New Hampshire First-In-The-Nation Status Undermined

Ken AshfordElection 2008Leave a Comment

From WaPo:

The Democratic Party’s Rules and Bylaws Committee yesterday dealt a blow to New Hampshire Democrats hoping to keep their coveted place in the presidential nominating schedule, agreeing by voice vote to a plan that would place one or two caucuses between the Iowa caucuses on Jan. 14, 2008, and the New Hampshire primary eight days later.

The proposal, which grew from recommendations by a commission studying how to make the nominating process more diverse both racially and geographically, would also add one or two primaries after the New Hampshire contest but before Feb. 5 — the date after which any state is free to schedule a vote.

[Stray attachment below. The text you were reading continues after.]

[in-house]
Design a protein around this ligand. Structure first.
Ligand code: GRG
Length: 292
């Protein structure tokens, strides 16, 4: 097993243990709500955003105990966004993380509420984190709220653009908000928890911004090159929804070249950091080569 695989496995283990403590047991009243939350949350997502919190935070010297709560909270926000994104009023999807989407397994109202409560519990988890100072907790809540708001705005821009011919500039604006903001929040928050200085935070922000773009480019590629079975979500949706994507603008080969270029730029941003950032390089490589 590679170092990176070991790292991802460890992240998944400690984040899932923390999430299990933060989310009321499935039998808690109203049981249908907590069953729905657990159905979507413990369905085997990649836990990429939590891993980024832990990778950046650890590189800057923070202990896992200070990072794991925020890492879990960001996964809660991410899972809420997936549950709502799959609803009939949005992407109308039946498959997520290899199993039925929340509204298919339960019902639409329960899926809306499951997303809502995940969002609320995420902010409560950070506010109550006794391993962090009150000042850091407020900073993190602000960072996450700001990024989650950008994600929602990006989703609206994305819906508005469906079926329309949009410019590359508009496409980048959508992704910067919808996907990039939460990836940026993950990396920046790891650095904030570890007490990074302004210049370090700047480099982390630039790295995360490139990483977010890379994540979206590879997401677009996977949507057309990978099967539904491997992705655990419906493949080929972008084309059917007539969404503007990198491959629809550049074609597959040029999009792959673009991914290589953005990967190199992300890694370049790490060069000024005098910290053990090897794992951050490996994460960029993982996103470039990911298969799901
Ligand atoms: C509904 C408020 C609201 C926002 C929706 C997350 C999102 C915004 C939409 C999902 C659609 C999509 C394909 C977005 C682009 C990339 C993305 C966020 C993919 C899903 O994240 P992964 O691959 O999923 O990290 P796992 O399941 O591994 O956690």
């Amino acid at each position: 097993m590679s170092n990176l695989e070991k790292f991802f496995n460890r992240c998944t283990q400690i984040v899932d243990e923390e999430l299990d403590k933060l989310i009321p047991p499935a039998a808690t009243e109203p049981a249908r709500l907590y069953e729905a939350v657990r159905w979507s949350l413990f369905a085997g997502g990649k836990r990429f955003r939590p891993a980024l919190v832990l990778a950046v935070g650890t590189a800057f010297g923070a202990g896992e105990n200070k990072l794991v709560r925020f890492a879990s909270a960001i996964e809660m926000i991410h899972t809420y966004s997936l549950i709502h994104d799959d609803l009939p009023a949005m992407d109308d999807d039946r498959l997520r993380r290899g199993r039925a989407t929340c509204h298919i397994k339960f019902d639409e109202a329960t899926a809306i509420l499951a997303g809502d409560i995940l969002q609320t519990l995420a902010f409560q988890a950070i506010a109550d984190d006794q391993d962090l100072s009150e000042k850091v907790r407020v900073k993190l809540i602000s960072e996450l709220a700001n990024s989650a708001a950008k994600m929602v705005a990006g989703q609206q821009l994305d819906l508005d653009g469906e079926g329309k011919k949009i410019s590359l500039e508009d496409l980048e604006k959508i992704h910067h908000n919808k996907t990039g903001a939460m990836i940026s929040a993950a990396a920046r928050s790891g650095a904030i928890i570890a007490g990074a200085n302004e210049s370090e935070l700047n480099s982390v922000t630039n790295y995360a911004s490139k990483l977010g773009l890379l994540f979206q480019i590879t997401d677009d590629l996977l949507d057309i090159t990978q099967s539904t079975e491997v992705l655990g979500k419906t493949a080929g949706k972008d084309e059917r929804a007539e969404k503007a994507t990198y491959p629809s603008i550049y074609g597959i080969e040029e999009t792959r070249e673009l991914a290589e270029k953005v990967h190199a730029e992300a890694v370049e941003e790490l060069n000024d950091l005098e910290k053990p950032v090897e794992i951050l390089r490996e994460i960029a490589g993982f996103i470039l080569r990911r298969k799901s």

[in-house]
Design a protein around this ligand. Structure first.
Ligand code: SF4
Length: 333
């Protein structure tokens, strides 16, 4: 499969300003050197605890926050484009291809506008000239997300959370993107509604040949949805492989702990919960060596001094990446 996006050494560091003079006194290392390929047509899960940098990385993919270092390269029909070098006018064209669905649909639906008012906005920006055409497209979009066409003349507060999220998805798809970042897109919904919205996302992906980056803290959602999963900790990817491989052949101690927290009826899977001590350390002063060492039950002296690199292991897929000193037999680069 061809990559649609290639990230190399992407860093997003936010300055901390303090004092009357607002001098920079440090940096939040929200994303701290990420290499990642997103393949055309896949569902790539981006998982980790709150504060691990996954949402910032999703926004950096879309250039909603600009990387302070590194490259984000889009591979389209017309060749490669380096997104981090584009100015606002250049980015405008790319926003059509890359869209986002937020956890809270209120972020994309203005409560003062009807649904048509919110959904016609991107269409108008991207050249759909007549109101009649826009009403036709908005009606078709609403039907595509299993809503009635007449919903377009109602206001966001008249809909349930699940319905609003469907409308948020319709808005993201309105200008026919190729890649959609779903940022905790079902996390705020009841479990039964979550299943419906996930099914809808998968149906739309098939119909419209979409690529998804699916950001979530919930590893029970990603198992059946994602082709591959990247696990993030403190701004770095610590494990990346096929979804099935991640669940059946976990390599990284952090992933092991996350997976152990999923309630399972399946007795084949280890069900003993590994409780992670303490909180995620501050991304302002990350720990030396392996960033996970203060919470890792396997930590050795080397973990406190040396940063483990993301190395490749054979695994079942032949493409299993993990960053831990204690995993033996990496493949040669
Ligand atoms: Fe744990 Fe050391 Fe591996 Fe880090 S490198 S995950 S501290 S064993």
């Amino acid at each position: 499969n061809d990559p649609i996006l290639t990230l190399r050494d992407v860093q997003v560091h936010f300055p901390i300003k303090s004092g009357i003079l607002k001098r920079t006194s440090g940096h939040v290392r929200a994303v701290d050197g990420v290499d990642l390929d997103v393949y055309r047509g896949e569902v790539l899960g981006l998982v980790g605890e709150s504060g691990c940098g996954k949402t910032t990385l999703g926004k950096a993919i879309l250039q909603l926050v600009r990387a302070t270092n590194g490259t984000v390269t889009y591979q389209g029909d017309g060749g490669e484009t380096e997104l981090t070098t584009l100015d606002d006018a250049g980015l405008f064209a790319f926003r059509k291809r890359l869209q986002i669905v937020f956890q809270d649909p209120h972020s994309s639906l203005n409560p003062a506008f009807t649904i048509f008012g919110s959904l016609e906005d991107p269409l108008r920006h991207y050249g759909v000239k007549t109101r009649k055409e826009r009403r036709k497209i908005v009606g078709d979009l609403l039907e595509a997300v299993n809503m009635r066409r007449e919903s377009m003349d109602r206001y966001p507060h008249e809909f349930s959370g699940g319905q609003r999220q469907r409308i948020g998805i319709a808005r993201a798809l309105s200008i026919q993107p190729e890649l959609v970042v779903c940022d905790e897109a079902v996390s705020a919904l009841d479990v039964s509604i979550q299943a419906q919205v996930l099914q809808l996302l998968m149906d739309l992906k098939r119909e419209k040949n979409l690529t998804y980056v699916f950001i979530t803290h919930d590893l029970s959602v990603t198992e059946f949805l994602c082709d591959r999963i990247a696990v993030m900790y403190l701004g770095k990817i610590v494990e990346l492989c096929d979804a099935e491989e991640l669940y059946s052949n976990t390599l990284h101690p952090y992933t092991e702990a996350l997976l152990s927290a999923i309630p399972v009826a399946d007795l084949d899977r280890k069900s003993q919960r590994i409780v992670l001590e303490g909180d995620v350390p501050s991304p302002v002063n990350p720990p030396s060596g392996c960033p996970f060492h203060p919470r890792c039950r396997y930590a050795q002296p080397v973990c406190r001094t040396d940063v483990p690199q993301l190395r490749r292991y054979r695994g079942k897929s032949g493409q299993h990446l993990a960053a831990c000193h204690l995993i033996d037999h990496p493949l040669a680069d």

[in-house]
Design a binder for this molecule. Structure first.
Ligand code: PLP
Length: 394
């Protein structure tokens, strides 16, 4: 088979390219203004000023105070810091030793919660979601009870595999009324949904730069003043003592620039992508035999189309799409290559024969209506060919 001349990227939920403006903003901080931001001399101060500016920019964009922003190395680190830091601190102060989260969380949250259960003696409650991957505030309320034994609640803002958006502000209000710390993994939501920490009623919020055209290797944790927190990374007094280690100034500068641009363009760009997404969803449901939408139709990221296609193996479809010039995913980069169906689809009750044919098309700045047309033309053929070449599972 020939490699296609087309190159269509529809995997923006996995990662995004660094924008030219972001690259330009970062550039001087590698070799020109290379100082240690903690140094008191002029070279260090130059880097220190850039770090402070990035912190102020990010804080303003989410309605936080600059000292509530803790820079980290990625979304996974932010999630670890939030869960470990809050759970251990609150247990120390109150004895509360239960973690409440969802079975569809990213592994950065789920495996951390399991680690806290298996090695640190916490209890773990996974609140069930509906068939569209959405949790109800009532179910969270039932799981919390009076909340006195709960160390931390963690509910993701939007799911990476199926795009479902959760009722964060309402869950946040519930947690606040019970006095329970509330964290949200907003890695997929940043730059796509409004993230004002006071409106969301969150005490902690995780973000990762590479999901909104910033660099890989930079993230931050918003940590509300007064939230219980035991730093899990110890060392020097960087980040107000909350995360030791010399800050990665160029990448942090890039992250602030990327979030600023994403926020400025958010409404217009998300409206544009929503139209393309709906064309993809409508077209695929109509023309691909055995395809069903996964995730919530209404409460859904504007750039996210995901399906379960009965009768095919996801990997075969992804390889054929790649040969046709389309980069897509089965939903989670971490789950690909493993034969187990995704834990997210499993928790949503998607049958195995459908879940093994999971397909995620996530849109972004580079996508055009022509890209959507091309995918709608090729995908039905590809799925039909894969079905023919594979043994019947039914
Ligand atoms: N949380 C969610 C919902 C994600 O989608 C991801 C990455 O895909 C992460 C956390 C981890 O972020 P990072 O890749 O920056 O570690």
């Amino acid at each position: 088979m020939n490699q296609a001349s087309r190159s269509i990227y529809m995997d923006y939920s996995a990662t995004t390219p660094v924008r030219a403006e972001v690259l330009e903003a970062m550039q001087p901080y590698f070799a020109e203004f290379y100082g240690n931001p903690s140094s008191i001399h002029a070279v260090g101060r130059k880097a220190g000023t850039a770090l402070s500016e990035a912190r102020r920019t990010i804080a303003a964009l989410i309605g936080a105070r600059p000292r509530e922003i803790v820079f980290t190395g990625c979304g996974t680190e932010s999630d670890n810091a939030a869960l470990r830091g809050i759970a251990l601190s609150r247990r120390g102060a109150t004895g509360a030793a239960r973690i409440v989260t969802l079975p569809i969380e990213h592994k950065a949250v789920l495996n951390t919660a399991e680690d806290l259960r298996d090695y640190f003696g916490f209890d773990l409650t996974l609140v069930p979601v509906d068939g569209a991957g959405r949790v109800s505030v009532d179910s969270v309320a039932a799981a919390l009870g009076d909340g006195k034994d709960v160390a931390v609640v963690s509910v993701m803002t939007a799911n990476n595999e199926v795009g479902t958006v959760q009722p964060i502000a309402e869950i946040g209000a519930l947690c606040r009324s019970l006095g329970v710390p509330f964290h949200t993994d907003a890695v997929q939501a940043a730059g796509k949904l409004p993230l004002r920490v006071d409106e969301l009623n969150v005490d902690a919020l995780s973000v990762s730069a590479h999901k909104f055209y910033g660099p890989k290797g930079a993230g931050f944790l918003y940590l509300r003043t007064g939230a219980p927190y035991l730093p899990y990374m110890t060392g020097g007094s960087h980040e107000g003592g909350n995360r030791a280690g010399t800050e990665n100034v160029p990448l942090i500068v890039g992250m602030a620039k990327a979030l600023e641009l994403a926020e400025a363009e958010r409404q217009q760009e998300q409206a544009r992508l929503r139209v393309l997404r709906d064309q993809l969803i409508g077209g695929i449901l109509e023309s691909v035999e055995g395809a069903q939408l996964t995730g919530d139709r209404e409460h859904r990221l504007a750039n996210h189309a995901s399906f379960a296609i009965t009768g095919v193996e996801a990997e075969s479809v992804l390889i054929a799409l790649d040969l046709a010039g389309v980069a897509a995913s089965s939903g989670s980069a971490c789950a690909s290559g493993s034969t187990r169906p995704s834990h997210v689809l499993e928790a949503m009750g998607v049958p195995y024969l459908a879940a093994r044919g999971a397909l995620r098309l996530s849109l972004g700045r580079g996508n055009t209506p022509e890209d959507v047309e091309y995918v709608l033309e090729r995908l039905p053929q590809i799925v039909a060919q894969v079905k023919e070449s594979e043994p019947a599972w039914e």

But the Granite State won’t take it lying down….

New Hampshire Secretary of State William Gardner has threatened that if a state caucus is added between the Iowa and New Hampshire events, he will simply move up the date of the Granite State vote — a power granted him by state law. Should Gardner go that route, the DNC could refuse to seat delegates from his state at the 2008 national party convention.

One of the nice things about New Hampshire being first-in-the-nation (although you really have to be a New Hampshireite to appreciate it) is that politics there is retail.  You get to meet the candidates, talk with them, etc.  Politicking there isn’t merely a bunch of cleverly-crafted Madison Avenue ads.  You have to know your shit.  If the New Hampshire priomary gets lumped in with others, politicians will stop meeting the people, and deploy a broad-based advertising strategy spread over several states (with New Hampshire being a small one).  And for that,, we’ll all be the losers.